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Swapping suspension fork for rigid one


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#1 Myosmith

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Posted 20 December 2011 - 06:57 PM

I have a Specialized Crosstrail in need of a fork. It originally came with a suspension fork but I'm considering getting a rigid fork instead. Are there any special considerations I should be aware of when swapping from a suspension fork to rigid?















#2 Scotty_Dog

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Posted 21 December 2011 - 06:14 AM

You will need a "suspension corrected" rigid fork that is comparable in length (crown to axle) to your current fork.


"There is alot of blather here that does not float the hooey barge." boudreaux 11/22/2005


#3 alfeng

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Posted 21 December 2011 - 09:15 AM

 

Originally Posted by Scotty_Dog View Post

You will need a "suspension corrected" rigid fork that is comparable in length (crown to axle) to your current fork.


FWIW.  While a "suspension corrected" fork may be the ideal choice, it also may not be ...

 

That is, the drawbacks of choosing most rigid forks which have cantilever brake bosses and/or disc brake mounts will probably be minimal compared with the unnecessary anguish in trying to find the perfect rigid fork ...

 

That is, close enough (or, shorter) may result in a slighty better head tube angle if the actual axle-to-crown height is less on the rigid fork than on the current suspension fork ...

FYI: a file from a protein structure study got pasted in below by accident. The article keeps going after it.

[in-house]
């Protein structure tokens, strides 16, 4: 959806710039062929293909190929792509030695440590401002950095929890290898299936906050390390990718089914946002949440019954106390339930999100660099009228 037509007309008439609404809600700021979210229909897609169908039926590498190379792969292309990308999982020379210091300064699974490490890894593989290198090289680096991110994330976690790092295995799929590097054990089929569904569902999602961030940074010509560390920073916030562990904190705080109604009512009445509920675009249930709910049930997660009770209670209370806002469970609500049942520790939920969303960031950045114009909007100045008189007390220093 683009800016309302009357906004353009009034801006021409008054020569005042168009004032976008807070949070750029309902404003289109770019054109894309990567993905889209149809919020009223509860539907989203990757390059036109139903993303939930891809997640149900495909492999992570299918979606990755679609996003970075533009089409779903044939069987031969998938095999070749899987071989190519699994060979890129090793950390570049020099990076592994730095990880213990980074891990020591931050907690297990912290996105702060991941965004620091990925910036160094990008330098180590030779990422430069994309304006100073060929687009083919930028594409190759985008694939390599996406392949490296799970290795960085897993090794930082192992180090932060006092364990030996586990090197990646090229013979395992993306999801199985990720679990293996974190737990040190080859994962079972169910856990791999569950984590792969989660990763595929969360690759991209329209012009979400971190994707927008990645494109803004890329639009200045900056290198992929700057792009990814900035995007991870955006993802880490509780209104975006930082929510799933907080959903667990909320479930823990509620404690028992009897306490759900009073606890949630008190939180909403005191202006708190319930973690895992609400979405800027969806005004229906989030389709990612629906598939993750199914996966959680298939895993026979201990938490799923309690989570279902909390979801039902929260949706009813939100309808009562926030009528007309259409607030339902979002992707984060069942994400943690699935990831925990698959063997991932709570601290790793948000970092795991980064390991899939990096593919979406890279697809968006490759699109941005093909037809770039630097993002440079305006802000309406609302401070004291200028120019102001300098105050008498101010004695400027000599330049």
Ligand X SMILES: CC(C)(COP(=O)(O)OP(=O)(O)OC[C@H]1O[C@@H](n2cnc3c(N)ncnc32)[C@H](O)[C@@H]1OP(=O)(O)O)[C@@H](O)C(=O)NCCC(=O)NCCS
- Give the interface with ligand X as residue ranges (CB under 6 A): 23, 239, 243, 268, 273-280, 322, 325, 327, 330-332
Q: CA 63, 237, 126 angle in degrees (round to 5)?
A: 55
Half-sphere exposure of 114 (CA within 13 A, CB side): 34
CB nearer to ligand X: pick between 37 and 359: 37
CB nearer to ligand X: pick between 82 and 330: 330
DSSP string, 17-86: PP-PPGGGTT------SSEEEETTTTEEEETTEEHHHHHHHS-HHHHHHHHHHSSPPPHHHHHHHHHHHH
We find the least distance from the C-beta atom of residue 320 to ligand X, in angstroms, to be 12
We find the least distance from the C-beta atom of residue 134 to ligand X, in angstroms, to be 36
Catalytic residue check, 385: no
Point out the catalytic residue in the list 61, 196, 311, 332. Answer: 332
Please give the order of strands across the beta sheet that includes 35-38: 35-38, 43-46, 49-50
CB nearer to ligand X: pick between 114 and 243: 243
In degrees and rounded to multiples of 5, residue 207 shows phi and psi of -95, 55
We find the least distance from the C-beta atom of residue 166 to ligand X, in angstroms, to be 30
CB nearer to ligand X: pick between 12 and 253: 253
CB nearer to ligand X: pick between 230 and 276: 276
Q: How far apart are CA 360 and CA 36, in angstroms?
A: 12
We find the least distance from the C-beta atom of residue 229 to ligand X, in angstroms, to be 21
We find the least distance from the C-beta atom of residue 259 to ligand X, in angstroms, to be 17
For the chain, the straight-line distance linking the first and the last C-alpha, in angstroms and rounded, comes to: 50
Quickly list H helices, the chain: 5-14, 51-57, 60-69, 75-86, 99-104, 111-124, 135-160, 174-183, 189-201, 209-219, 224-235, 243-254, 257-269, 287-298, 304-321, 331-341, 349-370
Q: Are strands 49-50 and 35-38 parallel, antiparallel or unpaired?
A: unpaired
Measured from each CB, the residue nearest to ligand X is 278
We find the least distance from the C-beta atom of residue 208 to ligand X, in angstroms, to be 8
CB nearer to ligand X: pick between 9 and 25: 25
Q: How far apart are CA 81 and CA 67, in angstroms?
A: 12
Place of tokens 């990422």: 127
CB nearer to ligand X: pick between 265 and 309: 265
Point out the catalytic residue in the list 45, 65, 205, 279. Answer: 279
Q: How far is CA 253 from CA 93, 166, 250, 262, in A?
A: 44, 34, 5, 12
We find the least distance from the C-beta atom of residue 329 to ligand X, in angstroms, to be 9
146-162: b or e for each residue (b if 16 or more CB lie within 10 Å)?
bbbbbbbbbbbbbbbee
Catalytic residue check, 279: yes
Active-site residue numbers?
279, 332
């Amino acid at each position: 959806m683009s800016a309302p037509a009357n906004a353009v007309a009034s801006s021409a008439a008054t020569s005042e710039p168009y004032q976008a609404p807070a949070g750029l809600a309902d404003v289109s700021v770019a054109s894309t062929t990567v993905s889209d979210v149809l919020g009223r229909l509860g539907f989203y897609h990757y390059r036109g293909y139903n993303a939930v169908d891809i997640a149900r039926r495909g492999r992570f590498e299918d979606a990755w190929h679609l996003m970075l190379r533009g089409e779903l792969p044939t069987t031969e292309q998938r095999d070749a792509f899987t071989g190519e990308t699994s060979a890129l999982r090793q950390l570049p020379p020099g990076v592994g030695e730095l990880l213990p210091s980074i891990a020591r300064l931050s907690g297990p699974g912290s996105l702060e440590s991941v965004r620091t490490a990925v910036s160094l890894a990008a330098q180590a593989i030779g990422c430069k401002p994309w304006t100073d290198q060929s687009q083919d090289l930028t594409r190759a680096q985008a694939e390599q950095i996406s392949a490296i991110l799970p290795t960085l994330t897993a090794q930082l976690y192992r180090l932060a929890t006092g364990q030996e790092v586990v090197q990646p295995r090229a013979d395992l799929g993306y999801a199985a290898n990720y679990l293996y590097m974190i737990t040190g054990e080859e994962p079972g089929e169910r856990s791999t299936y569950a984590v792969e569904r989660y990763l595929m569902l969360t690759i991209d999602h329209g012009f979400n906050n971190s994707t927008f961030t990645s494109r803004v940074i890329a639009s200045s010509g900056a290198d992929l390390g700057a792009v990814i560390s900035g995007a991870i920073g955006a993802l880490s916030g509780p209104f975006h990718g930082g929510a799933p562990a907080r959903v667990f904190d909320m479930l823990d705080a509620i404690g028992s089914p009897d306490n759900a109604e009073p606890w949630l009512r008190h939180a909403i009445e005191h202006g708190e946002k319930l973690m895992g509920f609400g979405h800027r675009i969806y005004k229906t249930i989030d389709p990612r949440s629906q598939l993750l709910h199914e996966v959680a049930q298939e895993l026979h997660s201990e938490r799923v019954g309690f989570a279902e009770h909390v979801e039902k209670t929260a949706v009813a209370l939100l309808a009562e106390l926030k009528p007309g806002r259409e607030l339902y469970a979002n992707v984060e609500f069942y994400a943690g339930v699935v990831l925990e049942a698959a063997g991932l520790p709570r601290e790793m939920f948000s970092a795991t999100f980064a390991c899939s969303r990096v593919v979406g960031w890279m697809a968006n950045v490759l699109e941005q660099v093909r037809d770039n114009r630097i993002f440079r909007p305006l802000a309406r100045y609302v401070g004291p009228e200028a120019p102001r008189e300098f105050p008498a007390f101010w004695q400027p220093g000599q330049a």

• for example, if the frame's current specs indicate a 72º head tube angle, then a fork which is about an inch shorter will result in a head tube angle which is closer to 73º (the "norm" for Road bikes) ... a good thing.

 

The drawback in a readily available Rigid Fork (which may-or-may-not be significant) is the resultant height of the BB shell will be slightly lower AND the reach may be a (¿half-)centimeter more ...  

 

The change in BB height is probably only a significant issue if your bike has 180mm-or-longer cranks.

 

FYI.  29er Rigid Forks have a greater axle-to-crown length than 700c Touring-and-CX forks ... I think the latter are actually dimensionally close-to-or-the-same-as most 26" Rigid Forks and the difference is in the location of the cantilever brake bosses.

 

That's my very long-winded way of saying that other than steerer size that I woudn't worry too much about the particular Rigid Fork which I might choose for the type of change you are contemplating AS LONG AS it isn't a "standard" ROAD FORK (i.e. one which uses a standard 39-49mm brake caliper).

 

 

   



#4 danfoz

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Posted 21 December 2011 - 10:22 AM

Some years back I swapped out to a Kinesis fork on my MTB from a Manitou suspesion fork as the old girl hadn't seen a trail in years. I didn't do too much math with head angles and the like but thankfully it worked out well (I am much more particular when fork shopping for the road bike). The bike got lighter, more responsive, and looked great.

 

v2.jpg

 

Hope you have the same luck.


"It is by riding a bicycle that you learn the contours of a country best, since you have to sweat up the hills and coast down them. Thus you remember them as they actually are, while in a motor car only a high hill impresses, and you have no such accurate remembrance."
~ Ernest Hemingway




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